2.2 Some other NPO problems . . . . . . . . . . . . . . . . . . . . . . . . . . . . . . . 3 3 Notations 4 4 The s ope of the paper and its main ontributions 5 II Roughing out a new approximation framework 7 5 Approximation hains: a generalization of the approximation algorithms 7 6 Approximation level 7 7 Convergen e and hardness threshold 8 8 Fun tional approximation-preserving redu tions 10 III A hieving approximation results in the new framework 11 9 Indu ed hereditary subgraph maximization problems 12 10 Maximum independent set 14 10.1 A rst improvement of the approximation of the maximum-weight independent set via theorem 1 . . . . . . . . . . . . . . . . . . . . . . . . . . . . . . . . . . . . 14
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Polynomial approximation and graph-coloring

Polynomial approximation and graph-coloring

Based upon semi-lo al improvement, a renement of algorithm D_COLOR3 is devised in [24 ℄. The basi idea remains the same: one greedily nds a olle tion of independent sets of up to a ertain onstant size k + 1 , olors any of them with a new olor and removes all of them from the input graph; next she/he transforms the surviving graph into an instan e of k SC as we have seen in se tion 13 and approximately solves k SC in this instan e. In [24 ℄, k = 6 . The algorithm for 6SC proposed in ludes three phases. The rst one is totally greedy and onsists of nding a maximal olle tion of disjoint 6-sets in the initial 6SC-instan e (S, C) . The elements overed by this olle tion are next removed from C and the remaining sets are updated. Of ourse this update will eventually reate some 1-sets. The se ond phase is more restri tive than the rst one. Here a maximal olle tion of disjoint 5-sets, then 4-sets is onstru ted but with the restri tion that any su h set is hosen to make part of the olle tion only if its hoi e does not in rease the number of 1-sets reated during the rst phase. This is done greedily by onsidering a set and by examining if the removal of its elements will reate additional one sets. In what follows, we denote by STRICT_PHASE the pro edure implementing the se ond phase. The elements overed by olle tion so- onstru ted are removed from C and the remaining sets are updated. Finally, the third and last phase, applied in the surviving 3SC-instan e, is a semi-lo al (2,1)-improvement. In what follows, we denote by SL_OPT21 the algorithm repeatedly applying semi-lo al (2,1)- improvement until no su h improvement is possible.
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ALGORITHMS FOR POSITIVE POLYNOMIAL APPROXIMATION

ALGORITHMS FOR POSITIVE POLYNOMIAL APPROXIMATION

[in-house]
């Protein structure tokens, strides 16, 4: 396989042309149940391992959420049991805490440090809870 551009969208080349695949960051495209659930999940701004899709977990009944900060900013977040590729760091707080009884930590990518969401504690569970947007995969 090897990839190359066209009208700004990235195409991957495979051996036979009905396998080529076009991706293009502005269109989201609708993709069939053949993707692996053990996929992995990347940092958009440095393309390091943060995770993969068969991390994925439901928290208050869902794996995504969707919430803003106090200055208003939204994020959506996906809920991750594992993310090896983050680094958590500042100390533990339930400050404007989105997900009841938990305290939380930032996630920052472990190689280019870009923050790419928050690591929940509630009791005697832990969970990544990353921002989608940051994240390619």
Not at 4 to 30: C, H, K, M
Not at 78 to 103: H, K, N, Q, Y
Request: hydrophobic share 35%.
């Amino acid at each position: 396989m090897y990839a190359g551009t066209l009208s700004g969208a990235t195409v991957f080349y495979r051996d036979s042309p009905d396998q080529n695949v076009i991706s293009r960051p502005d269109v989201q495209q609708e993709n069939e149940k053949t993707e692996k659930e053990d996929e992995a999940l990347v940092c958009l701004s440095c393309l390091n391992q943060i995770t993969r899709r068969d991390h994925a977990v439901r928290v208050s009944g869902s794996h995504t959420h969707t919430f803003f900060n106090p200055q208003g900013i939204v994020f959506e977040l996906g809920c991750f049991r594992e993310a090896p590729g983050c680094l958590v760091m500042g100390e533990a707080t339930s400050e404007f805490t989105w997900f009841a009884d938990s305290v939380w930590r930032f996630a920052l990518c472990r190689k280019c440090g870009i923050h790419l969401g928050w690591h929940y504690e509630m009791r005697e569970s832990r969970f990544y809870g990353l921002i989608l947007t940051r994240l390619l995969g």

Problem 1.1. Find n + 1 interpolation points 0 ≤ x 0 < x 1 < · · · < x n ≤ 1 such that the polynomial interpolant p n ∈ P n defined by p n (x i ) = f (x i ) for all 0 ≤ i ≤ n satisfies p n ∈ P n + . Problem 1.1 has interest for pure numerical analysis purposes, and also because the question of having good characterization and convenient use of positive polyno- mials is central in applications and scientific computing. A non exhaustive list of references which reflects some of our own interests is: [1, 10] for cubic polynomials, [4] for automatization of the testing, [7, 5] with sum of squares characterization, [8, 9] on considerations on computer aided design with Bernstein and B´ezier curves, [15, 11, 14] for non negative numerical approximation in scientific computing for hyperbolic equa- tions and finally [5, 6] and therein for comprehensive references on polynomial theory. As Problem 1.1 is difficult to handle in full generality, it is convenient for theo-
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Phase-field approximation for some branched transportation problems

Phase-field approximation for some branched transportation problems

is bounded independently of ε then the sequence of Radon measures µ ϕ ε weakly- ∗ converges up to subsequence to the measure H n−1 x {ϕ 6= 1}. As already stated in the introduction of this thesis, this fact is essential when approximating the Mumford - Shah functional as in the limit energy one aims at recovering the length of the jump set of some BV function which is contained in the set {ϕ 6= 1}. Later on some more general functionals have been introduced with different penalization of the jump set [BBB95] to model fractures. Recently [ABS99, DMOT16] other phase-field methods have dealt with the problem of efficiently approaching these energies. The main idea is that the limit ϕ rather then acquiring only the values {0, 1} should range over [0, +∞). In this chapter we follow this method to approximate any functional E h where h is a concave
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Border Basis for Polynomial System Solving and Optimization

Border Basis for Polynomial System Solving and Optimization

after a finite number of relaxations. The SDP solver used in this computation is mosek . The table records the number of variables (v), the number of inequality and equality constraints (c), the maximum degree of the constraints and of the poly- nomial to minimize (d), the number of minimizer points (sol), the maximal order (o), the maximal number of parameters (p), the maximal size of the moment ma- trices (s) in the SDP problems, and the total CPU time in seconds (t).

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Review and Analysis of some Metamodeling Techniques used in Optimization

Review and Analysis of some Metamodeling Techniques used in Optimization

In this paper we dis uss also the di ulties related to the onstru tion of these metamod- els. One of these di ulties is the lo ation of the observation points. Indeed, if the predi ted fun tion presents many variations, the observation points must be hosen su h that the in- formation obtained allows to reprodu e the behaviour of this fun tion. This means also a large number of the observation points. But the most important di ulty is the size of the data set. When this size is too large, it be omes too expensive to onstru t the metamodel. T o avoid this di ulty , some authors propose to onstru t a lo al metamodel, with only few observation points arround the desired one. The resulting metamodel is then heaper. But this requires enough available data in the vi inity of ea h predi ted point.